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Jan 13, 2017 5:05pm

In reply to Joseph :

Nah. It's well shit.

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Jan 13, 2017 8:27pm

“Critics are like eunuchs in a harem; they know how it's done, they've seen it done every day, but they're unable to do it themselves.” -Brendan Behan

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Ozzymodo
Jan 13, 2017 8:51pm

Reviewer is talking bollocks

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ian
Jan 13, 2017 10:19pm

I appreciate your honest review very much and i Couldn't agree more. Ive been looking for a review that actually reviewed the music and didn't tell me about all the PR subterfuge associated with this release. And what a staggeringly disappointing album. Compared to the first two this is just bewildering. I am a huge fan and the first two albums , their focus, their minimal darkness, their restraint, were brilliant. Then came "In Color" and the rise of jamie as some sort of cultural force and everything seems to have been washed away in his sudden rise. His hand is so heavy on this record you have to wonder if the other two had any say in it at all. Where's the restraint? The focus? The room they used to leave for single sounds to fill up the void is gone now, filled up with cheesy samples or forced vocal riffs. You're dead on about the opener "Dangerous" (that horn sample..ugh) and about the singing styles changing as well.Next Romy will be doing a duet with Ed Sheeran or something. Its just all terribly disappointing. Im now not so excited to see them at coachella anymore. Especially if they do those akward dances and wear those awful cowboy shirts. Tell you one thing, Oliver didn't land a Dior Homme campaign for making stuff like this.

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J
Jan 14, 2017 12:18am

In reply to :

Piercing as ever Mr Turner, don't ever stop....

I feel so sorry for poor ickle Joseph, waaaaaaaaahh waaaaaaaaaaaaahhhhhhh

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Tony Perkins
Jan 14, 2017 9:23am

Great review. This album is whack attack

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aaron.
Jan 14, 2017 9:51am

The essentially sound criticism of this album, post Jamie XX's success and a broadening of their appeal, was totally ruined by the unnecessary invective. There's a little too much delight taken in the act of iconoclasm – no matter how much the author protests. What relevance, really, do Holocaust Memorial Tinder profile pictures, Croatian summer festivals, and Coldplay fans have to this review? IS this meant to be intelligent cultural analysis? Because it's not.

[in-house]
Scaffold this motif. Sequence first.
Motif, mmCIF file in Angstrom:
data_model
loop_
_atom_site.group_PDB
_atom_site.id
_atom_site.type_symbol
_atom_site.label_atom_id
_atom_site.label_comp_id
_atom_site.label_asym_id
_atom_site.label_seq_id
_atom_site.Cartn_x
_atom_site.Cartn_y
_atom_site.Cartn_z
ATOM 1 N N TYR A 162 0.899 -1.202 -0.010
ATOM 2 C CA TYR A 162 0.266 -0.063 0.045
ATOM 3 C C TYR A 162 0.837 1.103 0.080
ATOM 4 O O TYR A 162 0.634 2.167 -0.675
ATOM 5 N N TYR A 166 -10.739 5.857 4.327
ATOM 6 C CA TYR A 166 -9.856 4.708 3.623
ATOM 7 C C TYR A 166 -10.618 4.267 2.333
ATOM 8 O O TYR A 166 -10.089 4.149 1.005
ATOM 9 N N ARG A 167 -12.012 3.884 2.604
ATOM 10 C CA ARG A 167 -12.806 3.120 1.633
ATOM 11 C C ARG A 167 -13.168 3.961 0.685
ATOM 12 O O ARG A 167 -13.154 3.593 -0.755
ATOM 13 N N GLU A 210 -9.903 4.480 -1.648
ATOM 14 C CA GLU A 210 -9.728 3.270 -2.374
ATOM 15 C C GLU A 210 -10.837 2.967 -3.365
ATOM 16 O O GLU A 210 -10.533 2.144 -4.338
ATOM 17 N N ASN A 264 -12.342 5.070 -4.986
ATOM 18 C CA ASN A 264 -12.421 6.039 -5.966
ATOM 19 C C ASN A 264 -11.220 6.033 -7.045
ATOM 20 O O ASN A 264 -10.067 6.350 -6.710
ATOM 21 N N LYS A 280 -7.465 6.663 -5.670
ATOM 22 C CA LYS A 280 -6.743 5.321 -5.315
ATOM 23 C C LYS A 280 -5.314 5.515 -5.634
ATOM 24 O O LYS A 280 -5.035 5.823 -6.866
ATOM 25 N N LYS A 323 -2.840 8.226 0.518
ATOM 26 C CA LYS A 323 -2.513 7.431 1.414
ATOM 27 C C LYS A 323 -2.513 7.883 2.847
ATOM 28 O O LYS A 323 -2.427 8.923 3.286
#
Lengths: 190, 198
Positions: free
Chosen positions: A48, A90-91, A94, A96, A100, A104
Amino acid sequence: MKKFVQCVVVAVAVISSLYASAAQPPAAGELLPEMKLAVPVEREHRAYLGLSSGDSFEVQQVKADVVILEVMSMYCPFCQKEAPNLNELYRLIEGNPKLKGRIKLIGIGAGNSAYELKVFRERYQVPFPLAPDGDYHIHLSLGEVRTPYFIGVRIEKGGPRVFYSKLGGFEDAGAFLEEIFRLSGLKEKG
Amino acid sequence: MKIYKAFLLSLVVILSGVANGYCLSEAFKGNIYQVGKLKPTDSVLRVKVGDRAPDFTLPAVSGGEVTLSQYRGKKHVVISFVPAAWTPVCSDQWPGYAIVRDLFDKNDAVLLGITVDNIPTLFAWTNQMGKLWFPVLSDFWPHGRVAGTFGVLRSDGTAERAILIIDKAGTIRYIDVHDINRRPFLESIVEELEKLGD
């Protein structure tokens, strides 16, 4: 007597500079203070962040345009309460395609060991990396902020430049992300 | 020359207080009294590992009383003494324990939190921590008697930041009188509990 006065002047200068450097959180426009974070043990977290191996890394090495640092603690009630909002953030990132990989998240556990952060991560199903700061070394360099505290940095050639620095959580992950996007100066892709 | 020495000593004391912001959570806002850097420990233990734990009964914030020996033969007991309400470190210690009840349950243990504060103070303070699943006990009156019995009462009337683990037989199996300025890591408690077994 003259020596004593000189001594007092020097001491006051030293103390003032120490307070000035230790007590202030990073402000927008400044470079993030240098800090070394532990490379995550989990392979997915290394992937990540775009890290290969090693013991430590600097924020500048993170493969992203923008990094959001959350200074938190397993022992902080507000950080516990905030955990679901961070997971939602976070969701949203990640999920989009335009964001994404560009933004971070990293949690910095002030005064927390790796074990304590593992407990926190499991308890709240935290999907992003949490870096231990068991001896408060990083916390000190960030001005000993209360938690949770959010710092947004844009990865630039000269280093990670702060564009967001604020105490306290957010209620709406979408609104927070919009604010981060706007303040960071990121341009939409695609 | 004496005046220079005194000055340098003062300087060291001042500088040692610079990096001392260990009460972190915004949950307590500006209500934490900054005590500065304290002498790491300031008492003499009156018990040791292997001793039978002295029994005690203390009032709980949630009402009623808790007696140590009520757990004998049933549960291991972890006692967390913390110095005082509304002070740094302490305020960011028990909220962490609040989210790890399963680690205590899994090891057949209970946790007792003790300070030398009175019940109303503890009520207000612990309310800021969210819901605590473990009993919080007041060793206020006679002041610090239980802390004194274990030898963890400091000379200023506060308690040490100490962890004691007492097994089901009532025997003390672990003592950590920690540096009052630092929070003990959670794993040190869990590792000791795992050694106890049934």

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nina
Jan 14, 2017 10:58am

Most accurate review of any album I've read in a long, LONG time

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jules
Jan 15, 2017 10:59am

such an over-hyped band.

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Hmmmm...
Jan 15, 2017 8:38pm

Hmmmm...Probing criticism but Mr. Turner is perhaps trying a little too hard to be clever, and there's more than just a hint of bitterness here too. And no matter how bad this album is, surely it can't be as acutely nauseating as group of London millennials sitting around playing a game like 'Tinder Bingo'.

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Daniel
Jan 16, 2017 9:55am

What a horrible, bitter review.

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Theekranz
Jan 16, 2017 6:46pm

Dare for you is written for her father who passed away a few years back. She's now an orphan at 27. It has nothing to do with her just doing a job. You are so ignorant.

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Janno
Jan 16, 2017 7:29pm

The sort of contrarian-for-the-sake-of-it review that's putting me off The Quietus. Spends the bulk of the article venting anger that, in reality, probably has precious little do with the xx, then admits to liking three of the album's tracks, in other words a third of the entire record. I really don't get it.

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shauna
Jan 16, 2017 9:04pm

chill out, guys. i didn't read this as excessively bitter. i thought it was funny, and honest. ok maybe a little bit bitter. but i agree, the xx lost their appeal and identity after their initial album, when baria quereshi left. the bass lines really carried that album for me. 'i see you' would have been a better jamie xx album, sans the vocals.

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j
Jan 17, 2017 1:22pm

In reply to Theekranz:

orphan at 27... fucking LOL... nice one. i guess 27 year olds are fuckin children these days.

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Nico Rjinders
Jan 17, 2017 2:43pm

In reply to j:

yeah, bloody snowflakes getting upset when their parents die, ffs

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Chris Martin
Jan 18, 2017 8:41pm

I'm a little shocked it isn't obvious to all that The xx is/was a one album band. The first album is the only one you'll ever need. Luke Turner hoping that their second disappointing album in a row represents a transition is either misguided fandom talking or simple kindness.

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teitoku kinoko
Jan 19, 2017 1:06pm

In reply to shauna:

Totally agree with this. The debut's bassline is so sexy, one thing I didn't notice in Coexist.